The fire began on the fourth floor of the Overbrook Gardens apartments on the 900 block of North 63rd Street around 2:15 a.m. Monday.
Some people rushed to the scene in Overbrook looking for loved ones they hadn't heard from.
"My aunt lives in there and I'm worried about her right now; she's not answering the phone, she lives on the first floor," family member Michael Mays said.
With fears that the building may collapse at any moment, and after seeing the roof cave in, firefighters were forced to fight the blaze from the outside.
PECO was asked to shut the power off in the area, affecting other residents on the block. This was a safety precaution for firefighters who were climbing up on metal ladders Once the power was cut, fire crews began attacking from above.
Officials evacuated adjacent buildings due to the possibility of a collapse.
"This was a very challenging firefight. A large building, pretty heavy fire load, residential building and, of course, the weather conditions don't help," Philadelphia Fire Commissioner Adam Thiel said.
Two firefighters, among the approximate 180 called to the scene, suffered minor burns and were treated on site.
"Believe it or not, this could have been a lot worse," Thiel said.
There have been no reported injuries to any of the more than 50 residents displaced by the fire; however, officials say they have not yet been able to confirm that everyone has made it out safely.
"We don't have a list of everybody who is in every building, so there is a constant process of awareness that we are going to be going through with the building management and with the residents," Thiel said.
As firefighters worked for hours pouring water onto the multi-alarm fire, the roads surrounding the scene became an icy mess. Nearby trees were turned to ice sculptures. With fire trucks, emergency vehicles, and hoses scattered across the street, and now iced-over roads, firefighters were having to maneuver around multiple obstacles while tackling the fierce flames.
Along with the fire personnel, numerous agencies responded to the scene.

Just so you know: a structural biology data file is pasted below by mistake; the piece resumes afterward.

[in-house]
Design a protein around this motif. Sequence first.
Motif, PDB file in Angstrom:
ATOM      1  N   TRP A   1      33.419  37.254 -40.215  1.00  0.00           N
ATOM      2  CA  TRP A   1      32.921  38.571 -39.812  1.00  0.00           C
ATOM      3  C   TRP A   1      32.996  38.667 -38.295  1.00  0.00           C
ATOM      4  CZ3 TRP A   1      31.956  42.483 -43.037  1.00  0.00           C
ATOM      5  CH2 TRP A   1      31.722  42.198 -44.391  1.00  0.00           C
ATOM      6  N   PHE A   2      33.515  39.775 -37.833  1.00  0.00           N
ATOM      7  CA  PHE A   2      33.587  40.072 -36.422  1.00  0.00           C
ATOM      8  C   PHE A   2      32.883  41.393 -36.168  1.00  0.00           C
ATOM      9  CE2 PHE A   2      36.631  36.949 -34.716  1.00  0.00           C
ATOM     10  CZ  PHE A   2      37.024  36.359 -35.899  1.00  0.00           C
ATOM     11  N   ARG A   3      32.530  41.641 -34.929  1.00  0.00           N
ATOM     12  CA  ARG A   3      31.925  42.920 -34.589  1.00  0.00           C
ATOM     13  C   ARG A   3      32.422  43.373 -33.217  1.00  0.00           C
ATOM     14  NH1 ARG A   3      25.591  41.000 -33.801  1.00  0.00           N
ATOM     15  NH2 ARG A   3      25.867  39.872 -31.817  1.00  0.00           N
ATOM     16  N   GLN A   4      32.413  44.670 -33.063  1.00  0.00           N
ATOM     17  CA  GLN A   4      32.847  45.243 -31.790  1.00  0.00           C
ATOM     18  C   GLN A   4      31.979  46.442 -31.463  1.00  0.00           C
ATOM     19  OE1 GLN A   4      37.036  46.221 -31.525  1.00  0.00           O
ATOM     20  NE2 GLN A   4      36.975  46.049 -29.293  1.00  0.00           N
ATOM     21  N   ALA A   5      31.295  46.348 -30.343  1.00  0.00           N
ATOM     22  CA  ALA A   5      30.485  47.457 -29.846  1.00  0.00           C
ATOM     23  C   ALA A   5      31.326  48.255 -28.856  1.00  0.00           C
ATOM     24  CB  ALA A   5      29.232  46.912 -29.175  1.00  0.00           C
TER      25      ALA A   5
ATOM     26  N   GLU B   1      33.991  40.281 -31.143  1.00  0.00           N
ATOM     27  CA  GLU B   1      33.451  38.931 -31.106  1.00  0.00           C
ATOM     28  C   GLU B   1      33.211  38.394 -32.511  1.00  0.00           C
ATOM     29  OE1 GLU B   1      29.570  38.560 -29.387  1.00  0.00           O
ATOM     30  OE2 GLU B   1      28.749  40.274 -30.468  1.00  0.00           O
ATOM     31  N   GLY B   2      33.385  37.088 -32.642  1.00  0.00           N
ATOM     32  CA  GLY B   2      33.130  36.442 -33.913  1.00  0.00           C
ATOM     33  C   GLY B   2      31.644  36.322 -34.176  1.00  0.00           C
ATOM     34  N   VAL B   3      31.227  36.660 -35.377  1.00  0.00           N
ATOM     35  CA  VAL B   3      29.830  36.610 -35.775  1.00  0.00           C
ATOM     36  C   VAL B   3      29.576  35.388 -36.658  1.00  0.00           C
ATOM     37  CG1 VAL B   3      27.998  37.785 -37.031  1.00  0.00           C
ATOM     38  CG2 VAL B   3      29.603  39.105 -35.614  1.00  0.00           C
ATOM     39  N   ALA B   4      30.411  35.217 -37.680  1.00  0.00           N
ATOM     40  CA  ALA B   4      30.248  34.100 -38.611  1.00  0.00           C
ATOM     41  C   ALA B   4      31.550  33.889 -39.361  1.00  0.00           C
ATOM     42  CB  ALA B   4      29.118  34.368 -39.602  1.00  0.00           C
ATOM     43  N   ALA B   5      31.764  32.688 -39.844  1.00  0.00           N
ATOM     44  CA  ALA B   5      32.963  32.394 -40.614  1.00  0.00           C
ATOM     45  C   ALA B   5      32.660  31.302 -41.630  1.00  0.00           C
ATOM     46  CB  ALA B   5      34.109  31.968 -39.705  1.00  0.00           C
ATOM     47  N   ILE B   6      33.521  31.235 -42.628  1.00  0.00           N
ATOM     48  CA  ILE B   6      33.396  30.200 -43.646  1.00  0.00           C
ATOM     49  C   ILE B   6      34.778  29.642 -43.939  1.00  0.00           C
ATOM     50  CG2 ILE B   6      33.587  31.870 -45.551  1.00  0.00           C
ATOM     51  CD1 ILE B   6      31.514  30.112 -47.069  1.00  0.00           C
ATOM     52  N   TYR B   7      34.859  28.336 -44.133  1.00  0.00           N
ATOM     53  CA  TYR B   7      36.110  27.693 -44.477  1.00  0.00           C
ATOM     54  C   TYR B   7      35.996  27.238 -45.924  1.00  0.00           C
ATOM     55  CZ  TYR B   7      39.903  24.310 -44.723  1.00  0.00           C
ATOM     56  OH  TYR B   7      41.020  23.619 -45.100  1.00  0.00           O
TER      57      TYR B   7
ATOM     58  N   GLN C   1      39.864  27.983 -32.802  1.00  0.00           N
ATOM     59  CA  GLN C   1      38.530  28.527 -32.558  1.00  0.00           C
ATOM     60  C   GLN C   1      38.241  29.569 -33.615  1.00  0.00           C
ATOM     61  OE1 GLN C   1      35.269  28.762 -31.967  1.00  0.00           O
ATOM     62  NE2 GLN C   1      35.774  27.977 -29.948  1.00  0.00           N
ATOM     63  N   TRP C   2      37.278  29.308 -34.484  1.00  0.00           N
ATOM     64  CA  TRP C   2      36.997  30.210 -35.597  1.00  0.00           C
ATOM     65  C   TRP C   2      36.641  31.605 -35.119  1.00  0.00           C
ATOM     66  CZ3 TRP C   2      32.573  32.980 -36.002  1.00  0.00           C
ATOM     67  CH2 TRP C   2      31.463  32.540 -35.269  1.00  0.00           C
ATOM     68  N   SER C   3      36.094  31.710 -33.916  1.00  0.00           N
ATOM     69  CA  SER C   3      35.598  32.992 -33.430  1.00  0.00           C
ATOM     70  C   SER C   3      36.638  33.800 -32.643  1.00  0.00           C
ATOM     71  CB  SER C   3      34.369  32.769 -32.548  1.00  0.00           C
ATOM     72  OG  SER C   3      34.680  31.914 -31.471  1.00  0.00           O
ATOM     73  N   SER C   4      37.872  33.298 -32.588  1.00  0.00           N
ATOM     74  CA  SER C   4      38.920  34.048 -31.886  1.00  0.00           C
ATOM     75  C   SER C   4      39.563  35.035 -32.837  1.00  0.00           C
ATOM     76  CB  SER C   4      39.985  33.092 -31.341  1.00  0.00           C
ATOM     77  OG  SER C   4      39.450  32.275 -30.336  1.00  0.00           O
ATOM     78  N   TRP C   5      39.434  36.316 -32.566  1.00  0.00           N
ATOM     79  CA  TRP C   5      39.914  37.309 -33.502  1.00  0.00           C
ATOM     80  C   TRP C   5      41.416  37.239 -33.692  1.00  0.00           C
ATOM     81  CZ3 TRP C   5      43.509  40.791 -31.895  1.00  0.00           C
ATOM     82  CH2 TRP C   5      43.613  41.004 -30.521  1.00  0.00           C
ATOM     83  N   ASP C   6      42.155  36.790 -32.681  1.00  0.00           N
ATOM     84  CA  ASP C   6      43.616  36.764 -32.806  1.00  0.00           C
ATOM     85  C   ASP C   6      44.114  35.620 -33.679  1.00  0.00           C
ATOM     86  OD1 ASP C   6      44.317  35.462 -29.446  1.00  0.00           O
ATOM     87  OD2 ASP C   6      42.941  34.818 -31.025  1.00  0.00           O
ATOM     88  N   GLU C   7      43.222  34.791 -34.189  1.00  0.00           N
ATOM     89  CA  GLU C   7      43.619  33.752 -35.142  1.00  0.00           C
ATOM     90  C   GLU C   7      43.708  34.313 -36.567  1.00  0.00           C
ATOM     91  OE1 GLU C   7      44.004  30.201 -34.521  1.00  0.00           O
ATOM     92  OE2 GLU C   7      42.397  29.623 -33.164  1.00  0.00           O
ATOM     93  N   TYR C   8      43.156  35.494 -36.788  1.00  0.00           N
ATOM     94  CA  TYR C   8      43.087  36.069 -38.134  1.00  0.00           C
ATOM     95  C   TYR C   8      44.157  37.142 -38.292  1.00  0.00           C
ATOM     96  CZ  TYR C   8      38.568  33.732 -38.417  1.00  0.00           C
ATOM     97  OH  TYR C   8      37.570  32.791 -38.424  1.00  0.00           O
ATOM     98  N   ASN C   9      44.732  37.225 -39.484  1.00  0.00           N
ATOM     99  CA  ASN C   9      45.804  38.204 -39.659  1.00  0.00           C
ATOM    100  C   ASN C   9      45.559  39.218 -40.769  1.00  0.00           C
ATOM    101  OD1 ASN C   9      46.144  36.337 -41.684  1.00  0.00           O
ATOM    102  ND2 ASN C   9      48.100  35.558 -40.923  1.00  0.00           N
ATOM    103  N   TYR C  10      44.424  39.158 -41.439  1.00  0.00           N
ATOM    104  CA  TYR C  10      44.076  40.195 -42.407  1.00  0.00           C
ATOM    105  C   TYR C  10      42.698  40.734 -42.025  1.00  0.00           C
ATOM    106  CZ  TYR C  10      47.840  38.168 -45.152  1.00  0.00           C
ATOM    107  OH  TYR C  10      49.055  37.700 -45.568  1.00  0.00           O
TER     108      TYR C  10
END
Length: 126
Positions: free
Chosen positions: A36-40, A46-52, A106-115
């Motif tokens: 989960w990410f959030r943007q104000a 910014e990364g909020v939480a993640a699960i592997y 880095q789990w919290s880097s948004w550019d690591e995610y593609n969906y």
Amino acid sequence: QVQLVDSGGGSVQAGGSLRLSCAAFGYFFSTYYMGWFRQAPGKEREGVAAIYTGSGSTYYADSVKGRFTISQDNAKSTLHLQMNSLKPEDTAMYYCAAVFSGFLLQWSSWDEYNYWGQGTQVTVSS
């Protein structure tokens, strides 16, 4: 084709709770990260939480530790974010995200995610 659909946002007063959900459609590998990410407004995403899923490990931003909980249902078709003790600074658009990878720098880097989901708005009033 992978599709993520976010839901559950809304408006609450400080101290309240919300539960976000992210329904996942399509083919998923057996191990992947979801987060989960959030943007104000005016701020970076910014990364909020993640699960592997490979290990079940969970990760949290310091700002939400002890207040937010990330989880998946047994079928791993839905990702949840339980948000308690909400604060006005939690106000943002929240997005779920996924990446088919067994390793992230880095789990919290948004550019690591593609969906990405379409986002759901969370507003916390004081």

The American Red Cross was helping those evacuated and the Red Paw Relief assisted the pets affected by the fire. The Office of Emergency Management kept residents aware of the conditions - including road closures and SEPTA detours. The Streets Department salted the icy roads to help firefighters.
"Incredible effort by your Philadelphia Fire Department, our firefighters, our medics, all the support personnel and all the other agencies you see here, and all around," Thiel said.
The fire was placed under control around 8:15 a.m., though crews continued to douse hotspots into the afternoon hours.
"Five-alarm fires are fairly rare. Our last 5-alarm fire was back in May, 21st and Lippincott, the vacant warehouse," Thiel said.
Beyond the possibility of fire damage, neighbors on the block were dealing with the power outage. At its peak, PECO said 1,700 customers were in the dark, but they were restoring power back to all those affected, but Monday afternoon that number had dropped to 84.
A warming center was opened for the nearly 60 people displaced residents at Commodore John Barry Elementary School located at 5900 Race Street.
Later in the day, the Red Cross set up temporary housing for residents in the gymnasium of West Philadelphia High School. Thirty eight people remained at the shelter as of 10 p.m.
"That's an unusually large number. Obviously, when you're dealing with an apartment complex, you're dealing with mass numbers," Guy Triano of the Red Cross said. "We will have caseworkers on the scene to assist them, for any extended stay as to where they are going to go and any financial assistance they'll need."
Resident Dwayne Vinson saw the flames moving closer to his apartment which is located in the back of the building.
"I don't have anything, but the clothes on my back and I don't know what I'm going to do," resident Dwayne Vinson said.
Commissioner Thiel said this was one of the worst fires the department has responded to this year.
"It's really terrible for folks to have that damage and lose their place to live around the holiday," said Triano. " Our hearts go out to everybody."
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